Christopher G Hill

Georgia Institute of Technology, Atlanta, Georgia, United States

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Publications (3)10.38 Total impact

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    ABSTRACT: Documented changes in levels of microRNAs (miRNA) in a variety of diseases including cancer are leading to their development as early indicators of disease, and as a potential new class of therapeutic agents. A significant hurdle to the rational application of miRNAs as therapeutics is our current inability to reliably predict the range of molecular and cellular consequences of perturbations in the levels of specific miRNAs on targeted cells. While the direct gene (mRNA) targets of individual miRNAs can be computationally predicted with reasonable degrees of accuracy, reliable predictions of the indirect molecular effects of perturbations in miRNA levels remain a major challenge in molecular systems biology. Changes in gene (mRNA) and miRNA expression levels between normal precursor and ovarian cancer cells isolated from patient tissue samples were measured by microarray. Expression of 31 miRNAs was significantly elevated in the cancer samples. Consistent with previous reports, the expected decrease in expression of the mRNA targets of upregulated miRNAs was observed in only 20-30% of the cancer samples. We present and provide experimental support for a network model (The Transcriptional Override Model; TOM) to account for the unexpected regulatory consequences of modulations in the expression of miRNAs on expression levels of their target mRNAs in ovarian cancer. The direct and indirect regulatory effects of changes in miRNA expression levels in vivo are interactive and complex but amenable to systems level modeling. Although TOM has been developed and validated within the context of ovarian cancer, it may be applicable in other biological contexts as well, including of potential future use in the rational design of miRNA-based strategies for the treatment of cancers and other diseases.
    BMC Systems Biology 03/2014; 8(1):36. · 2.98 Impact Factor
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    ABSTRACT: BACKGROUND: MicroRNAs (miRNAs) are a class of small RNAs that have been linked to a number of diseases including cancer. The potential application of miRNAs in the diagnostics and therapeutics of ovarian and other cancers is an area of intense interest. A current challenge is the inability to accurately predict the functional consequences of exogenous modulations in the levels of potentially therapeutic miRNAs. In an initial effort to systematically address this issue, we conducted miRNA transfection experiments using two miRNAs (miR-7, miR-128) and characterized global changes in levels of gene expression. RESULTS: While ~20% of the changes in expression patterns of hundreds to thousands of genes could be attributed to direct miRNA-mRNA interactions, the majority of the changes are indirect, involving the downstream consequences of miRNA-mediated changes in regulatory gene expression. We find that the changes in gene expression induced by individual miRNAs are functionally coordinated but distinct between the two miRNAs. MiR-7 transfection into ovarian cancer cells induces changes in cell adhesion and other developmental networks previously associated with epithelial-mesenchymal transitions (EMT) and other processes linked with metastasis. In contrast, miR-128 transfection induces changes in cell cycle control and other processes commonly linked with cellular replication. CONCLUSION: The functionally coordinated patterns of gene expression displayed by different families of miRNAs have the potential to provide clinicians with a strategy to treat cancers from a systems rather than a single gene perspective.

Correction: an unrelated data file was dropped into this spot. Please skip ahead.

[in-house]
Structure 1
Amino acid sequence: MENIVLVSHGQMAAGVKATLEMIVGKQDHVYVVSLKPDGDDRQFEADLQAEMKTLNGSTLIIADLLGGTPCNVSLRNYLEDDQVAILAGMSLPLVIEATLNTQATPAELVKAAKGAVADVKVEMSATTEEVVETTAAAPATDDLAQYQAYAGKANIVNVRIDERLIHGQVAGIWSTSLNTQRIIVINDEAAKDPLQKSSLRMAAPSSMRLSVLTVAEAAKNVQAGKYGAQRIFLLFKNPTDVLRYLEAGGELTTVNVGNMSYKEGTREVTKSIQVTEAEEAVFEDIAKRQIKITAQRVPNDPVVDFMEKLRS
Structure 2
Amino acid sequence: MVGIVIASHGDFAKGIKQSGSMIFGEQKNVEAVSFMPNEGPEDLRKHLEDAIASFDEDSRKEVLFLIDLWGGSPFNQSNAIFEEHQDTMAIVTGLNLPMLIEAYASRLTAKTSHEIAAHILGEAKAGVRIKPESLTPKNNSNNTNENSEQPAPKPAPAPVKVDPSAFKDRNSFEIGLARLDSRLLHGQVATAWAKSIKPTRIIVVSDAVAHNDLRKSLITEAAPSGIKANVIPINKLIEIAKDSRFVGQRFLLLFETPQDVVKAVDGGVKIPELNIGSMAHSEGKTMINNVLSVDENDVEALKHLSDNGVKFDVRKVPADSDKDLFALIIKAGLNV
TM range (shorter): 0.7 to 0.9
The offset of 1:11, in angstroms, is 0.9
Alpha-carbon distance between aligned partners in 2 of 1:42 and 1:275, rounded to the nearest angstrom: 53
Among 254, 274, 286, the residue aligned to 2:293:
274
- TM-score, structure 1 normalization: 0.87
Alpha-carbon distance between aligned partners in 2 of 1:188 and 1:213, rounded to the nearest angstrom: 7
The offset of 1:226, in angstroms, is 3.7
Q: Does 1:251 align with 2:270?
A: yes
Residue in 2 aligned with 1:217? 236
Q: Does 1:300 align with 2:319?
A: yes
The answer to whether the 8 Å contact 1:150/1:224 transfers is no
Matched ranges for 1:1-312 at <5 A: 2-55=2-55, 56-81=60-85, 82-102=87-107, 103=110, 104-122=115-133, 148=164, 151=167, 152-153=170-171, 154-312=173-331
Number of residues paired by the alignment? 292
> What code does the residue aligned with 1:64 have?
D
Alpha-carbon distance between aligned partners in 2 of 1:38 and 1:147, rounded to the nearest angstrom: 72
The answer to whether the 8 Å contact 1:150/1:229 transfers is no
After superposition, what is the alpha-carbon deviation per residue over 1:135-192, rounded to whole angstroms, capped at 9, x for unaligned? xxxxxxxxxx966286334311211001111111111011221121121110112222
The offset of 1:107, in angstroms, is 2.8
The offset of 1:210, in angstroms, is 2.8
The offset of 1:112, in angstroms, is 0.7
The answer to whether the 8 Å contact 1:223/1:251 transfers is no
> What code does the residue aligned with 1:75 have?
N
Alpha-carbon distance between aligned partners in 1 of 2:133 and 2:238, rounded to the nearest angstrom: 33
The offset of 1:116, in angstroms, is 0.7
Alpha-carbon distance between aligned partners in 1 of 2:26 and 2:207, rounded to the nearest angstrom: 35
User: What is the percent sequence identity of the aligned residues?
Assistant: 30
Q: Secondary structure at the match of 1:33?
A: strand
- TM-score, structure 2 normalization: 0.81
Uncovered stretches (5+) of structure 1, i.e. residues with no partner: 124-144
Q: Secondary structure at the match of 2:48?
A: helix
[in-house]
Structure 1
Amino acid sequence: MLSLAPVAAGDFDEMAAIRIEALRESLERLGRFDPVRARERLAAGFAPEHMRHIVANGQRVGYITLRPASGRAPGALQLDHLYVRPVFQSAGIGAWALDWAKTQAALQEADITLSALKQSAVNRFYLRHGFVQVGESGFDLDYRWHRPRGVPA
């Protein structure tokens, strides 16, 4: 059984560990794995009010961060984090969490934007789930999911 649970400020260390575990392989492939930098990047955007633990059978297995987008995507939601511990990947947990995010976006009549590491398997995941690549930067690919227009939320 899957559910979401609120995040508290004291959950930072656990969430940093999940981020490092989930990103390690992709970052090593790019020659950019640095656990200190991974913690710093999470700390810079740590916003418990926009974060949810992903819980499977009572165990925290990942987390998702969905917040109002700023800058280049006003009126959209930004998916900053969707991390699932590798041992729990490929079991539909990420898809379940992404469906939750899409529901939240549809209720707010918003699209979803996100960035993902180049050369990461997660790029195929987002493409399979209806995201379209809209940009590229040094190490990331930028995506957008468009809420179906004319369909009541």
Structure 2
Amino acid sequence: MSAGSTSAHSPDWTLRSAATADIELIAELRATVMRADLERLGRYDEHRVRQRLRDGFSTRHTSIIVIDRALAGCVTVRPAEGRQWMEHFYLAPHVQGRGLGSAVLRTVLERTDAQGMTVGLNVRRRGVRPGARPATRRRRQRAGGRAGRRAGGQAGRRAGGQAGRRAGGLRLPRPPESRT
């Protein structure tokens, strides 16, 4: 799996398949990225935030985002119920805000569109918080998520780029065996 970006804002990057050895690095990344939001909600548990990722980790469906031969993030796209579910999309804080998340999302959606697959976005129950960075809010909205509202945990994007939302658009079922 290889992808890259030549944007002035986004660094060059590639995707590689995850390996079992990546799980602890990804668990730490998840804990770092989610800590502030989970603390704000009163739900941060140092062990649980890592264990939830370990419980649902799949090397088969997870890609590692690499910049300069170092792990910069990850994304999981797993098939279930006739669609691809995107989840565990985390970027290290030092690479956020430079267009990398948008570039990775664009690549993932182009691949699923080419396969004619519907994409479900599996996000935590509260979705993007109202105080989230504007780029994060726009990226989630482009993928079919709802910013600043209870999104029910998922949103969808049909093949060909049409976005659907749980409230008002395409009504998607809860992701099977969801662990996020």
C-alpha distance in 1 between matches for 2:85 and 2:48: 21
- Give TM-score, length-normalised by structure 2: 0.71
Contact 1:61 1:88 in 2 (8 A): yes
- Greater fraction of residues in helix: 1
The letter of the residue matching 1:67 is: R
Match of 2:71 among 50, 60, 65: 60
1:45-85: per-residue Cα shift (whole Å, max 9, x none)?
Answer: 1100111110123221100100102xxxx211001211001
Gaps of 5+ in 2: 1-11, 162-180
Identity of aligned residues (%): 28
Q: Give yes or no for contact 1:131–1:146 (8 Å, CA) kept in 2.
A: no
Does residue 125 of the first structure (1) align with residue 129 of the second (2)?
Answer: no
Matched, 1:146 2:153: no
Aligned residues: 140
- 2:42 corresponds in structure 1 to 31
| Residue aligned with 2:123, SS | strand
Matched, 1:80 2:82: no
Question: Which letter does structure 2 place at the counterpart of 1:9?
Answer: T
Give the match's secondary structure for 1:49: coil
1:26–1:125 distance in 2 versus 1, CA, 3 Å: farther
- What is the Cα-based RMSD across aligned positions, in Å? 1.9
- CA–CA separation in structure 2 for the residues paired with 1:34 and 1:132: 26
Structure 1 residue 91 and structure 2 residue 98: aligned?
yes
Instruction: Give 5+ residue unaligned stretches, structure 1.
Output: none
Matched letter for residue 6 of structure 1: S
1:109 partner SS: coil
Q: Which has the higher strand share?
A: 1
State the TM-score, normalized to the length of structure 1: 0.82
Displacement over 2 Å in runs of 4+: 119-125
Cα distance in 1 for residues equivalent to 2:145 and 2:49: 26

BMC Medical Genomics 08/2012; 5(1):33. · 3.47 Impact Factor
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    ABSTRACT: Ovarian cancer (OC) is the most lethal of all gynecological malignancies primarily due to the sloughing-off of highly metastatic cells from primary tumors and their subsequent spread throughout the peritoneal cavity. Since the epithelial-to-mesenchymal transition (EMT) of OC cells located at the periphery of primary tumors is essential to this process, molecular interventions that can block EMT are of potential clinical significance. Members of the miR200 family of microRNAs have been implicated in EMT in other cancers. Our purpose was to determine if miR200 family microRNAs may be involved in EMT in OC and of potential therapeutic value in reducing OC metastasis. Gene expression profiles of two OC cell lines with different metastatic potentials were monitored using qRT-PCR (quantitative reverse transcription polymerase chain reaction). The effect of over-expression of a miR-200 family microRNA (miR-429) in metastatic OC cells was monitored on molecular (qRT-PCR and microarray) and functional (morphology, migration, invasiveness and anchorage independence assays) levels. Molecular profiling of two OC cell lines with differing metastatic potentials identified significant differences in previously established epithelial and mesenchymal cell biomarkers including E-cadherin, ZEB1, ZEB2, miR-205 and miR-200 family microRNAs. Ectopic overexpression of miR-429, a member of the miR-200 family of microRNAs, in mesenchymal-like OC cells resulted in reversal of the mesenchymal phenotype (mesenchymal-epithelial transition, MET). Our results indicate that miR-429 may not only be a useful biomarker of EMT in ovarian cancer, but also of potential therapeutic value in abating OC metastasis.
    Gynecologic Oncology 01/2011; 121(1):200-5. · 3.93 Impact Factor